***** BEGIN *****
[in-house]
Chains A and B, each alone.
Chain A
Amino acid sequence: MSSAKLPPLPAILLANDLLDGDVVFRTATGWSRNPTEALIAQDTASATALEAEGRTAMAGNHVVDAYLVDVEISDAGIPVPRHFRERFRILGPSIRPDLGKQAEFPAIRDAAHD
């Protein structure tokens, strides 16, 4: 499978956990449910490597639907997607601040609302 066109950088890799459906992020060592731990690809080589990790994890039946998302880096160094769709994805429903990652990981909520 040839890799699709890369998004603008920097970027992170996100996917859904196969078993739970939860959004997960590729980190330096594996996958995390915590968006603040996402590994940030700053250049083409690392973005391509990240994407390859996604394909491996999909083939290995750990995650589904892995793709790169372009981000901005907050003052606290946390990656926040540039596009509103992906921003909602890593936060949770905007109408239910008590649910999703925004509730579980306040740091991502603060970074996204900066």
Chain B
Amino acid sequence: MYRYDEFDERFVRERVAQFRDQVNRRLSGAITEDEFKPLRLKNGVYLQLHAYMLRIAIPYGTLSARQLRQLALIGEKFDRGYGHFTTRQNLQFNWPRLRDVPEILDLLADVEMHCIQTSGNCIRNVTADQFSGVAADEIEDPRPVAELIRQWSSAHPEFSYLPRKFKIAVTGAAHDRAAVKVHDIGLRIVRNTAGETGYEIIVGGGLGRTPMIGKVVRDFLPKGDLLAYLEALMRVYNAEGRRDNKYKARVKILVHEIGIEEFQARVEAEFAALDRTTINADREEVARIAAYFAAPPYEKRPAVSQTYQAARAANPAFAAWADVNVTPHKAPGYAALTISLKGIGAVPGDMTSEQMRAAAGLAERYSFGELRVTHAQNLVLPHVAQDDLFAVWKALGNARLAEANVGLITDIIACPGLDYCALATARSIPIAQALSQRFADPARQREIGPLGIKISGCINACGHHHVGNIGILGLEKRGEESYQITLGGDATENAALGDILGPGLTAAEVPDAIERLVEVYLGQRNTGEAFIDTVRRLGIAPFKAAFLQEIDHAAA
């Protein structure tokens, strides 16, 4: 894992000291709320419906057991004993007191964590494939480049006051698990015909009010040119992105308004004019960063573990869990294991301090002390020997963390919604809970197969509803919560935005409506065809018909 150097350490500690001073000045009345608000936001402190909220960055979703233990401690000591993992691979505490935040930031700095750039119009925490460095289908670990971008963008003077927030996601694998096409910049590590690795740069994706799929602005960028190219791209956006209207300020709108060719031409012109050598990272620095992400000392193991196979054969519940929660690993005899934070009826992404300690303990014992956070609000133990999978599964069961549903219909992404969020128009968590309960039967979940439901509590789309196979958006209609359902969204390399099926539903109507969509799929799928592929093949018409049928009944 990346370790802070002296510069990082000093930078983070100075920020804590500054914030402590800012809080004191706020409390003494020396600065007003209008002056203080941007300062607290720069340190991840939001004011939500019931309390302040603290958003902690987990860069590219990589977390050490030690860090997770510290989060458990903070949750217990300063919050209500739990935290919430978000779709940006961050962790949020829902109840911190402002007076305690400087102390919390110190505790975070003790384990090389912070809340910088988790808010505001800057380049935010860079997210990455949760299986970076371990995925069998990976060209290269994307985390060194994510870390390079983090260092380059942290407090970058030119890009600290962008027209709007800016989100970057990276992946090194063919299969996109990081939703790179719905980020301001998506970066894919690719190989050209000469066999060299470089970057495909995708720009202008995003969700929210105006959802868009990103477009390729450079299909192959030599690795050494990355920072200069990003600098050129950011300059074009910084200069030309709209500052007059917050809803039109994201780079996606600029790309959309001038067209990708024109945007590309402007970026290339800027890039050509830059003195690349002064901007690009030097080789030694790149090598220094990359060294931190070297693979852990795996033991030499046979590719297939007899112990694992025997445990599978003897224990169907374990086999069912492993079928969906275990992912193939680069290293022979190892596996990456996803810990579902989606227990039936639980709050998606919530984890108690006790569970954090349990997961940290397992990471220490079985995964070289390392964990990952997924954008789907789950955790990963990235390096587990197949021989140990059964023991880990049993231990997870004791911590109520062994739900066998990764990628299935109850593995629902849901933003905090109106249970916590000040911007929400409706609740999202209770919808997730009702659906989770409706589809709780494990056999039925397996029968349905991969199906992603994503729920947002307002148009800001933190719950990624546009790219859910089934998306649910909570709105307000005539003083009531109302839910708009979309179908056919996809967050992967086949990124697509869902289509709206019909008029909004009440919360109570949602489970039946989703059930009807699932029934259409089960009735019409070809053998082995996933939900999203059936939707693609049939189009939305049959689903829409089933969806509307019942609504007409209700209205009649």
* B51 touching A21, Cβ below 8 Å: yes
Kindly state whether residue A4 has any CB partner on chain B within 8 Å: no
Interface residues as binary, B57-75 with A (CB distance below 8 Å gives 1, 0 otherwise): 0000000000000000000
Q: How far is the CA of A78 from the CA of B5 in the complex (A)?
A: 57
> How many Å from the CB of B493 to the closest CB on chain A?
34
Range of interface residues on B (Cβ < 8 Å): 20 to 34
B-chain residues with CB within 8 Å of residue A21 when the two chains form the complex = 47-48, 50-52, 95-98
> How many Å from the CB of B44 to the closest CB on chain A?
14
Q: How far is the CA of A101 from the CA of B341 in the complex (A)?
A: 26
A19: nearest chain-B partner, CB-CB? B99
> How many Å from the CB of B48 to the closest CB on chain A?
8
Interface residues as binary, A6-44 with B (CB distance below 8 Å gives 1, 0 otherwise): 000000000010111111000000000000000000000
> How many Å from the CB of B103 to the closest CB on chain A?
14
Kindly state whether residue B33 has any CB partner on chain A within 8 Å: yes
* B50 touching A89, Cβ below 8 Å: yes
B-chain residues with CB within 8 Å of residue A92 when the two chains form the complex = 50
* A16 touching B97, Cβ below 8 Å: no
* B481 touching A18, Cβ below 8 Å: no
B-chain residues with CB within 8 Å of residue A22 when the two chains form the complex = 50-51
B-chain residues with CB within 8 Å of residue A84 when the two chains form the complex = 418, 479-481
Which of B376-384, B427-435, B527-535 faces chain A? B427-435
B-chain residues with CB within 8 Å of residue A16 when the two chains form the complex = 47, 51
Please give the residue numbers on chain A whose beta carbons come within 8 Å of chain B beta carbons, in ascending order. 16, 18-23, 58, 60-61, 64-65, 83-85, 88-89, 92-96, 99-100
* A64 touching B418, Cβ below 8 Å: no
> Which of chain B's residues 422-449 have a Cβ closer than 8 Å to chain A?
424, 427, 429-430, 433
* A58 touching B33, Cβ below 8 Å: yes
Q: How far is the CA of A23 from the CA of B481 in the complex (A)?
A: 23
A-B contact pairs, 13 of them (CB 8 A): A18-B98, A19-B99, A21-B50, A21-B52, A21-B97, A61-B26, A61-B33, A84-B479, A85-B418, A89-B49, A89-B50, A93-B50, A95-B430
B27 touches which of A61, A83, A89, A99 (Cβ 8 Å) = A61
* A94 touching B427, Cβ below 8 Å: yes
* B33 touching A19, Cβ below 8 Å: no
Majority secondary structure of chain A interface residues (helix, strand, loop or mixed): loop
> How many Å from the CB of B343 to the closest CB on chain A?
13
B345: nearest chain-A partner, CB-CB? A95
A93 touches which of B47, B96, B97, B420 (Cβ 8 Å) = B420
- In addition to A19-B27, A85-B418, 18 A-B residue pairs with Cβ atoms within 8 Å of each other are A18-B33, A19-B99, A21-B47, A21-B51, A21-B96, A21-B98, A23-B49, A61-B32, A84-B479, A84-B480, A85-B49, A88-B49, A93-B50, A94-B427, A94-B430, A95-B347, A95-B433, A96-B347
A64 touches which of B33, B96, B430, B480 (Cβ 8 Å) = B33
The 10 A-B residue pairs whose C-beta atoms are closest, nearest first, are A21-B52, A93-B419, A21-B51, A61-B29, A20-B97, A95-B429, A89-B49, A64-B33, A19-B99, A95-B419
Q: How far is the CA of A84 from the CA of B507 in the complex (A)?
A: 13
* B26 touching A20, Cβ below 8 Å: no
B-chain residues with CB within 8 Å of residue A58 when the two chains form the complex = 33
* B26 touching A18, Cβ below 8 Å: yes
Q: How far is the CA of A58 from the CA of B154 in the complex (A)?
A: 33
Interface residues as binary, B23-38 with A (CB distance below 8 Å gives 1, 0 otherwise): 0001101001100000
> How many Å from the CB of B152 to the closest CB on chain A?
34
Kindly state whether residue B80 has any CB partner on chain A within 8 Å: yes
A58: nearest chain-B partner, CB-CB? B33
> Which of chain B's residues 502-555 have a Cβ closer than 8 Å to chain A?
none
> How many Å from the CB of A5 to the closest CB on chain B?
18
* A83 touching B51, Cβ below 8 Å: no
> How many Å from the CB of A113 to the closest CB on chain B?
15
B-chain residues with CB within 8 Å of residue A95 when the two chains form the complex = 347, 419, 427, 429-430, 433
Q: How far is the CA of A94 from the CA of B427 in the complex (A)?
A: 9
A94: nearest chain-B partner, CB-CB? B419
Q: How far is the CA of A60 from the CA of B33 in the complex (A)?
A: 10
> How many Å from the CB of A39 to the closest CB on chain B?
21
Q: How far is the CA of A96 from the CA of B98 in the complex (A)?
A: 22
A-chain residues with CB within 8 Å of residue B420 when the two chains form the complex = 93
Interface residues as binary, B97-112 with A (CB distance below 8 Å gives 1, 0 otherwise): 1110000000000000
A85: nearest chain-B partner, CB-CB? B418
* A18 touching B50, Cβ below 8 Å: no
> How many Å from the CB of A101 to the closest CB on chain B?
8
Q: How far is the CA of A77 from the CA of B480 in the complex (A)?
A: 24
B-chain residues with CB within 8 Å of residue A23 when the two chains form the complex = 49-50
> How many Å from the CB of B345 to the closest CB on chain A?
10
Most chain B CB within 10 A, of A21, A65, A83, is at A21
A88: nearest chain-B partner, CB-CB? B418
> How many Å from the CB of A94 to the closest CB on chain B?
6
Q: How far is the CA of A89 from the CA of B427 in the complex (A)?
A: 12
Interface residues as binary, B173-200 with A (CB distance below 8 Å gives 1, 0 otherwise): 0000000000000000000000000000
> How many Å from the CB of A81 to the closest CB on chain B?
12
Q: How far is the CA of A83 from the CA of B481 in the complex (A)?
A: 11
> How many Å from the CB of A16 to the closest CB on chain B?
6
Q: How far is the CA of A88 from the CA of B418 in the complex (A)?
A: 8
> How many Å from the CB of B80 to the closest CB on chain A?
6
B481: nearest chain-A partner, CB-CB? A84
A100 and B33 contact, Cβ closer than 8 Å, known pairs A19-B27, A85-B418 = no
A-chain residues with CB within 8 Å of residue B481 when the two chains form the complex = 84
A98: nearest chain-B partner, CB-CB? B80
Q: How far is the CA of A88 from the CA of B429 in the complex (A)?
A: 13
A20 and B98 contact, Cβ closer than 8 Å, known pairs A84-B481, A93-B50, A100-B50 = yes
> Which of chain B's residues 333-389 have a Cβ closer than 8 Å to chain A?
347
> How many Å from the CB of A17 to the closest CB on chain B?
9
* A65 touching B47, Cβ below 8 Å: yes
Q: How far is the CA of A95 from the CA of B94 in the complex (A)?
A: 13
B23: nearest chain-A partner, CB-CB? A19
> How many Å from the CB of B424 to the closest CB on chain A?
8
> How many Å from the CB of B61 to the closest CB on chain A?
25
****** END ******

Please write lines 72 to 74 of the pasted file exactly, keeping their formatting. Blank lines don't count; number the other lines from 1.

* A83 touching B51, Cβ below 8 Å: no
> How many Å from the CB of A113 to the closest CB on chain B?
15